I was defensive of Andre Villas-Boas after his sacking by Chelsea in March. Given the success the Blues enjoyed under Roberto Di Matteo for the rest of that season, I don't think they'll be too bothered about their decision. The performance of the Portugese coach, now at Tottenham, would add further weight to that.
Our own â€˜noisy neighbours' Tottenham Hotspur have closed the gap on us â€“ that is the official line. You can't argue with that, I suppose, if the pinnacle of their achievement is finishing just one place behind us in five of the last seven seasons â€“ a marked improvement on their previous exploits â€“ then yes, they have caught up with Arsenal.
It might seem premature to write this when contract negotiations are still up in the air, but if Arsenal history is anything to go by, when one star leaves another unlikely one usually steps up from within the ranks to surprise everyone. I've been one of his biggest critics over the years so I can almost hardly believe I'm saying this but could it be Theo Walcott?
We've seen some absolutely mad games over the last couple of years, and this one probably tops the lot. At the end of the night, an early-round League Cup game I hadn't thought that much about ended with a final score of Reading 5-7 Arsenal.
At half time the Arsenal fans sang "we want our Arsenal back".
I'm sure you'll all be familiar even those who did not read my match preview with the statistics flying around before yesterday's game. Needless to say, Schalke ended a very strong run of form in Champions League home games for Arsenal. As for actual, more immediate form, Arsenal looked much the same as they did at Norwich: slow and unimaginitive.
After a disappointing defeat to Norwich City, Arsenal would be expected to respond tomorrow evening with the visit of Schalke to the Emirates Stadium. In recent seasons Champions League home games have proved largely comfortable for the Gunners, especially in the group stages.
The last time Arsenal lost a home game in the Champions League?
Disturbed. That is the adjective best to summarise the feeling Arsenal fans should be experiencing tonight. Not just palpable anger towards the heartless performance they just witnessed; but they should feel haunted by the idea that the new group of Arsenal players aren't that different to the ones that have left in the last few years.
Arsenal are ten points off Premier League leaders Chelsea after a spineless, gutless performance in a 1-0 defeat to Norwich City, who at the final whistle were celebrating their first win of the season.
Arsenal now find themselves 9th in the table, with just three wins in their opening eight games.
In the recent past, Arsenal has had problems finding a perfect goalkeeper. Of the quartet currently known as the â€˜Big Four,' Manchester United relied upon the solid Edwin van der Sar, and now have the duo of David de Gea and Anders Lindegaard. Chelsea has Petr Cech and Manchester City has Joe Hart, who is arguably the best goalkeeper in the league.
South Korean international Park-Chu-Young played more minutes in London this summer at the Olympic Games than he has in his entire career with Arsenal. Now according to several reports it appears that the Gunners have written the 27-year-old striker off at a cost of Â£5.5 million.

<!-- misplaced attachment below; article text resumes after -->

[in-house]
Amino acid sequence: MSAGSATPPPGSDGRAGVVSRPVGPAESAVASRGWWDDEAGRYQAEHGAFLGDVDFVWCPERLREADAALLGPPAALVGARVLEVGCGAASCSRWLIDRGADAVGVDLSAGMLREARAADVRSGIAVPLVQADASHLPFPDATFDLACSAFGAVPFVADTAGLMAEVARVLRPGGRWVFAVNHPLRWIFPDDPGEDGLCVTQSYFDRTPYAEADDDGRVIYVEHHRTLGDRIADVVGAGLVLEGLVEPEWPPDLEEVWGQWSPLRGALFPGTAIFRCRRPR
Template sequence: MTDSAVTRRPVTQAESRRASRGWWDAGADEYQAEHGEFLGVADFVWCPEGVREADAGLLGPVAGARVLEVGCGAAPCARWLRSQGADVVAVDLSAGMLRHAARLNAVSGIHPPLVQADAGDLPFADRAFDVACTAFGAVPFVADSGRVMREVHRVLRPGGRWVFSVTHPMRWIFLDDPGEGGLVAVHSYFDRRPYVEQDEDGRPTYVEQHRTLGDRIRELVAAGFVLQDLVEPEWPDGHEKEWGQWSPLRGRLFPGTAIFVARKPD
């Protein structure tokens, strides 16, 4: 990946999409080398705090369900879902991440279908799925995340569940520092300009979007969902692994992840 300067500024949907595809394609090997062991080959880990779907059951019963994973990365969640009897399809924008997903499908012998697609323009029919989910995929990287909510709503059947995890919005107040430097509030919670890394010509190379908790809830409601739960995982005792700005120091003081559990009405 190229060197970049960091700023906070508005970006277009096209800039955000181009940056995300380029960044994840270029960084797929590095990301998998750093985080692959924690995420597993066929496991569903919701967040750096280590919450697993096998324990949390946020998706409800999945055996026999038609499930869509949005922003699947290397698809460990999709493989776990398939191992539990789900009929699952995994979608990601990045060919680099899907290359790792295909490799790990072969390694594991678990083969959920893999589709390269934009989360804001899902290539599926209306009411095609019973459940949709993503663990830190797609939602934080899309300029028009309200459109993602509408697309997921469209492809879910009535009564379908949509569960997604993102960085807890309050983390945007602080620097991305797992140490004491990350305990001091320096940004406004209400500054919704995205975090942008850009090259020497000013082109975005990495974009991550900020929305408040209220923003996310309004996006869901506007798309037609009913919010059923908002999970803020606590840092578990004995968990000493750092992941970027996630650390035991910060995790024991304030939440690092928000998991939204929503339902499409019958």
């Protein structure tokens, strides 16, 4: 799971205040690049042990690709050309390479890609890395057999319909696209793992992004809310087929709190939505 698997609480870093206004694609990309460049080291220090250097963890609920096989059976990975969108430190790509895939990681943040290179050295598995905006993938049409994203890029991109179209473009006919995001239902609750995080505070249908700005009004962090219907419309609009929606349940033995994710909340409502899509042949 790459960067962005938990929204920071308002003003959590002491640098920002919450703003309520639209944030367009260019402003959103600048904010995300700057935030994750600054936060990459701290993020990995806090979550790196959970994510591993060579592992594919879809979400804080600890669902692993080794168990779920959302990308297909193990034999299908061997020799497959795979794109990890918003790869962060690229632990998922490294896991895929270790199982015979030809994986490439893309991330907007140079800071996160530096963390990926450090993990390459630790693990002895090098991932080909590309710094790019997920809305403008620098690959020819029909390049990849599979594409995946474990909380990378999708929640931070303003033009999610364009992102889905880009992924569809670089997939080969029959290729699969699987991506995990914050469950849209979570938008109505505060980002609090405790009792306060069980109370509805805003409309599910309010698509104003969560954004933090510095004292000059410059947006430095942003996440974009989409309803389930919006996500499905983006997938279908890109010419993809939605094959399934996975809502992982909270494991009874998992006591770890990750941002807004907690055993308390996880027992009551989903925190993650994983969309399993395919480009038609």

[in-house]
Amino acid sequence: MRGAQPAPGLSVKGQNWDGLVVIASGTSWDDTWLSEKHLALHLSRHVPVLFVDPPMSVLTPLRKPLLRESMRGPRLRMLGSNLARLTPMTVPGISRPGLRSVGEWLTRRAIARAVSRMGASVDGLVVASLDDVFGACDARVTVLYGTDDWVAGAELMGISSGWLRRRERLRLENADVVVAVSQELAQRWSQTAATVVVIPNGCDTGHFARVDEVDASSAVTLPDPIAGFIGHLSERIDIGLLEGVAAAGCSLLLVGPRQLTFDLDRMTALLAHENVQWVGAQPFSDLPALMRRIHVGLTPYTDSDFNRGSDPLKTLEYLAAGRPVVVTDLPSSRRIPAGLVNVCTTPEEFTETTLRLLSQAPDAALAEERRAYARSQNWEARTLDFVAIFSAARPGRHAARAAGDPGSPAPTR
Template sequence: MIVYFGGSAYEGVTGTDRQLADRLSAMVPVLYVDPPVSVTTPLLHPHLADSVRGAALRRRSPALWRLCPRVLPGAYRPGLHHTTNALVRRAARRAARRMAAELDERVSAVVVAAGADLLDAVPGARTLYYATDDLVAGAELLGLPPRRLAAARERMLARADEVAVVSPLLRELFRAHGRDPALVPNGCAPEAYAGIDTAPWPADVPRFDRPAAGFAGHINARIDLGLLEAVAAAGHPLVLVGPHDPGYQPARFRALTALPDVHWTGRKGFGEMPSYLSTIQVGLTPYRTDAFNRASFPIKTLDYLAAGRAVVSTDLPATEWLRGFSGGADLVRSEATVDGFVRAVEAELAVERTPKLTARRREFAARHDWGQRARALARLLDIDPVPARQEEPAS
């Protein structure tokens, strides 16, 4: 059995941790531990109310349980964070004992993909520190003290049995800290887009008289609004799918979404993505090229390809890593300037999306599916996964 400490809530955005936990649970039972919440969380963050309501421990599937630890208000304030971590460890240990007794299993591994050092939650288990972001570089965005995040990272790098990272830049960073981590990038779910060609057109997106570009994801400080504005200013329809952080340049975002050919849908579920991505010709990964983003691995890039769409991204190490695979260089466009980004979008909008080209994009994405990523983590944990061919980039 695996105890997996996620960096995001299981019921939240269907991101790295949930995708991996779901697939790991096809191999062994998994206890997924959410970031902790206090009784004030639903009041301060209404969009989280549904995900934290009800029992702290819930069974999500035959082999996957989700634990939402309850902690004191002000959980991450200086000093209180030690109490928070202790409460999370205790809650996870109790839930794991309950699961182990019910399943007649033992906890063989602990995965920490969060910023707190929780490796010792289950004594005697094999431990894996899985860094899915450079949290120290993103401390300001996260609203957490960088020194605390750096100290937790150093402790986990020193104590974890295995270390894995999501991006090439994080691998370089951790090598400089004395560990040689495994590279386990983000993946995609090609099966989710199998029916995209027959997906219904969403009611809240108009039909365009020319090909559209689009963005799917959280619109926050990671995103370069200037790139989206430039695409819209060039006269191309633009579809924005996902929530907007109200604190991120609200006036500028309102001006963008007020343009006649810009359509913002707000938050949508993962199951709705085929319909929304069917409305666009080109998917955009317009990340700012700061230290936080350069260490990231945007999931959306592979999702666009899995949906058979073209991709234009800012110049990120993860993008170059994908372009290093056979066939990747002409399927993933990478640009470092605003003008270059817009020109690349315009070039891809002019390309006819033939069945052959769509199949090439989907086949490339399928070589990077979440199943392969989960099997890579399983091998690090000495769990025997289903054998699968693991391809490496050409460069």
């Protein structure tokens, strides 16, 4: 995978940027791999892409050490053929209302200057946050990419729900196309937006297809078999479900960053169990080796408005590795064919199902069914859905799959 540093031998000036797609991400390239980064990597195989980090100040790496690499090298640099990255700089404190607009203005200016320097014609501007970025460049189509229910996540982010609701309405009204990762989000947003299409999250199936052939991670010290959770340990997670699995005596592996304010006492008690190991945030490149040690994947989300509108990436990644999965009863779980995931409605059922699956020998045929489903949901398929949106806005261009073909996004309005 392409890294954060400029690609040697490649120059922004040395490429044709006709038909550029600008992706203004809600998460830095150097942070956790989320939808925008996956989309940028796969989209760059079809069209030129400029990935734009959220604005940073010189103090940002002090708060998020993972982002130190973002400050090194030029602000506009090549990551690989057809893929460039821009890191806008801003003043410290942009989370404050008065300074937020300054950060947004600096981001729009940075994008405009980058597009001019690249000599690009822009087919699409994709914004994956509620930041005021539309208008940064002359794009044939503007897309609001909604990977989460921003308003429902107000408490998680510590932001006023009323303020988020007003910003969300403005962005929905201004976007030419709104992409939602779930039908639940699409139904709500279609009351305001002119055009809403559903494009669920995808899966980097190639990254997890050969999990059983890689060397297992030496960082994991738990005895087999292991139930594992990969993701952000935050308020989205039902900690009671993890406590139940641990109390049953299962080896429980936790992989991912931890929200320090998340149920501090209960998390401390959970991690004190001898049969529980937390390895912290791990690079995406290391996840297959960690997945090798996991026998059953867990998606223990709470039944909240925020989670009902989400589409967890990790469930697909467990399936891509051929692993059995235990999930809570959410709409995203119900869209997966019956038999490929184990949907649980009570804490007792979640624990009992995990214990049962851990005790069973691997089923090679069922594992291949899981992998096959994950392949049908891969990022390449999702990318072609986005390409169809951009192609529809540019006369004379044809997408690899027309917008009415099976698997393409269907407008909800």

Park was bought by manager Arsene Wenger from French club Monaco on transfer deadline day in 2011, perhaps as a panic buy.
It occurred to me the other day that Robin van Persie must be one of the best pieces of business Arsene Wenger ever made for Arsenal, just on goals alone. When I thought about it further, I wondered where he would rank among the top strikers over the last 20 years or so, in terms of the cost of each goal scored; there can't be many strikers who score 100 goals or more for a club that come cheap.
Speaking just for myself and not Arsenal supporters in general, if the rumours are true that
Cesc Fabregas wants to come back to the Gunners, I have a couple of choice words for him and
they're not too kind. The way Fabregas left the team was one of the most annoying and distasteful
situations in recent memory for me.
There comes a time in every footballer's life when they need to play regularly if they hope to
develop or retain their skills. But in reality this isn't always possible to do, especially for
youngsters because there are so many more players than positions available. This is why we see
players loaned out to other teams on a regular basis.
There is no doubt that Arsenal have suffered the loss some of significant players over the last
few seasons but that is a fact of life in modern day football; players come and players move on and
they move on for a variety of reasons, some for money, some for ambition, some for the love of the
club they were brought up in and some are pushed.
On the same day that Arsenal's main defensive midfielder was confirmed as a Barcelona player,
Everton overran Manchester United in a very impressive and fully deserved 1-0 win at Goodison
The link here? United had no midfield. Sky called it a 4-3-3 in the pre-match buildup, but it